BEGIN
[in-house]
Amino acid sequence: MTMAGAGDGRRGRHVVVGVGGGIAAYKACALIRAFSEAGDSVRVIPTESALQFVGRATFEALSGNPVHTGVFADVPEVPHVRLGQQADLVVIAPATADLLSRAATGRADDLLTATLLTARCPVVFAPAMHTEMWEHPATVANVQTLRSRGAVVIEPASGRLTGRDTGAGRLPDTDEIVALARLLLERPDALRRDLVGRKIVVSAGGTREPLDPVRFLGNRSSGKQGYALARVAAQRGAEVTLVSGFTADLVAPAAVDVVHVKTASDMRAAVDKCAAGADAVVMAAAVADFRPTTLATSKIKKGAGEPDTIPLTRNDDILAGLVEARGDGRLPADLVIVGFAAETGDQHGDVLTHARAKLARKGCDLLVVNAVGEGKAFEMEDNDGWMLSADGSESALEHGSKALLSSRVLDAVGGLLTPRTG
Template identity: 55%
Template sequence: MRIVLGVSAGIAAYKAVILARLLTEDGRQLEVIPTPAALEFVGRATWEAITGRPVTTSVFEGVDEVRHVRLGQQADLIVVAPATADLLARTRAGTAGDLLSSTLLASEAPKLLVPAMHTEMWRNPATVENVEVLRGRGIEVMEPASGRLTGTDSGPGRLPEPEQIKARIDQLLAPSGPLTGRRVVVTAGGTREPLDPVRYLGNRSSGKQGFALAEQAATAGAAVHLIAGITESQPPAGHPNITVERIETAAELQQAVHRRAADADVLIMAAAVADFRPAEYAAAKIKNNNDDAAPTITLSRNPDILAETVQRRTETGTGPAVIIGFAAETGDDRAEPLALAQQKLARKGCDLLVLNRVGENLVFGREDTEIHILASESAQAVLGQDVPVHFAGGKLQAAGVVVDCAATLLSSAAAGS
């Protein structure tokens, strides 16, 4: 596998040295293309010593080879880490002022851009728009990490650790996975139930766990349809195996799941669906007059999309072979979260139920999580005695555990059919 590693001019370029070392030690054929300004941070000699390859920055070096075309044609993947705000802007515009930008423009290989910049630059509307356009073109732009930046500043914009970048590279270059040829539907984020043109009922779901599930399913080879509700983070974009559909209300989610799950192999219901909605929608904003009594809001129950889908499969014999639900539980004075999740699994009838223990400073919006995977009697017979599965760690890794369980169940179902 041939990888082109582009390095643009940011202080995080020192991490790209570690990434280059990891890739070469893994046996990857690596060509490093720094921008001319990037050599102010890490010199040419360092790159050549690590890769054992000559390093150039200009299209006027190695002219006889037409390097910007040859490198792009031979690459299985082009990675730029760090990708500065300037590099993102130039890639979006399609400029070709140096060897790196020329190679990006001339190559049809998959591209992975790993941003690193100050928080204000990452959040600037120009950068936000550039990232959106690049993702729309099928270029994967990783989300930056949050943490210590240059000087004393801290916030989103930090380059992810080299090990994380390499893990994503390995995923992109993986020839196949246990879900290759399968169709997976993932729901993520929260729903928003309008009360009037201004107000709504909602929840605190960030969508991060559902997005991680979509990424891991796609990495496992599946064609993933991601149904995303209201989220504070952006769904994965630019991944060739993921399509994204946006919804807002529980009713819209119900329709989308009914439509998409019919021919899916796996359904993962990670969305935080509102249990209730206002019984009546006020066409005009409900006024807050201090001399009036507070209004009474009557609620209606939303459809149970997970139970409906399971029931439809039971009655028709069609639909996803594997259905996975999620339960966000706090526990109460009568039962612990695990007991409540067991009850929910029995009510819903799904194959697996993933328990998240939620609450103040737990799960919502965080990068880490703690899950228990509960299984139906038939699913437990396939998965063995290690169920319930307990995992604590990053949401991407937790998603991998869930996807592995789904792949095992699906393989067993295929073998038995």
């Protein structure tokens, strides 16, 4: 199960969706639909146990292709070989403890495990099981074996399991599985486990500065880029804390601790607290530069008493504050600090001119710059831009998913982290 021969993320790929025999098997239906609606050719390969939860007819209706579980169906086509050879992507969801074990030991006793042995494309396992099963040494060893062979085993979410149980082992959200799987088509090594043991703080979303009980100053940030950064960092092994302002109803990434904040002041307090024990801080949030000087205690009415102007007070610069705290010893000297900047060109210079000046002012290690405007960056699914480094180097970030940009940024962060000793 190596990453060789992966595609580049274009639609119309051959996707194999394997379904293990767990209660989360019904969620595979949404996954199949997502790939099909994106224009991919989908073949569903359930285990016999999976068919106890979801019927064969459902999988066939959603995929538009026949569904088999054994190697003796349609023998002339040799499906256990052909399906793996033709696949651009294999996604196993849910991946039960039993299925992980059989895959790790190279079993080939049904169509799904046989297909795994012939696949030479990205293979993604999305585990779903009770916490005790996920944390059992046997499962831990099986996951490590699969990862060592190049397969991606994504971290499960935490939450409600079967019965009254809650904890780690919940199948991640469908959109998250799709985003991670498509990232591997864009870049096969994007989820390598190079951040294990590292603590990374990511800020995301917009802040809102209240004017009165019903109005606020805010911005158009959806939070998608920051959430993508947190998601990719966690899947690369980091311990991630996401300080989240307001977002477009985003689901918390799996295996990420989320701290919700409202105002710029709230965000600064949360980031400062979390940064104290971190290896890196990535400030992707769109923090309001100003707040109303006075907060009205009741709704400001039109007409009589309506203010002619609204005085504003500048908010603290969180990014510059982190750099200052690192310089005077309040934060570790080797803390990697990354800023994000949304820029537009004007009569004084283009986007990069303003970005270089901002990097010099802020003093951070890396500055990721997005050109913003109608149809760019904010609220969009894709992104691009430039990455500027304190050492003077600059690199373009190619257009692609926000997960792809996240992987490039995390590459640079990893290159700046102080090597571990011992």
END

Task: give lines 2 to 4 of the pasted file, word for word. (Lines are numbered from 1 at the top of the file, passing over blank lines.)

Amino acid sequence: MTMAGAGDGRRGRHVVVGVGGGIAAYKACALIRAFSEAGDSVRVIPTESALQFVGRATFEALSGNPVHTGVFADVPEVPHVRLGQQADLVVIAPATADLLSRAATGRADDLLTATLLTARCPVVFAPAMHTEMWEHPATVANVQTLRSRGAVVIEPASGRLTGRDTGAGRLPDTDEIVALARLLLERPDALRRDLVGRKIVVSAGGTREPLDPVRFLGNRSSGKQGYALARVAAQRGAEVTLVSGFTADLVAPAAVDVVHVKTASDMRAAVDKCAAGADAVVMAAAVADFRPTTLATSKIKKGAGEPDTIPLTRNDDILAGLVEARGDGRLPADLVIVGFAAETGDQHGDVLTHARAKLARKGCDLLVVNAVGEGKAFEMEDNDGWMLSADGSESALEHGSKALLSSRVLDAVGGLLTPRTG
Template identity: 55%
Template sequence: MRIVLGVSAGIAAYKAVILARLLTEDGRQLEVIPTPAALEFVGRATWEAITGRPVTTSVFEGVDEVRHVRLGQQADLIVVAPATADLLARTRAGTAGDLLSSTLLASEAPKLLVPAMHTEMWRNPATVENVEVLRGRGIEVMEPASGRLTGTDSGPGRLPEPEQIKARIDQLLAPSGPLTGRRVVVTAGGTREPLDPVRYLGNRSSGKQGFALAEQAATAGAAVHLIAGITESQPPAGHPNITVERIETAAELQQAVHRRAADADVLIMAAAVADFRPAEYAAAKIKNNNDDAAPTITLSRNPDILAETVQRRTETGTGPAVIIGFAAETGDDRAEPLALAQQKLARKGCDLLVLNRVGENLVFGREDTEIHILASESAQAVLGQDVPVHFAGGKLQAAGVVVDCAATLLSSAAAGS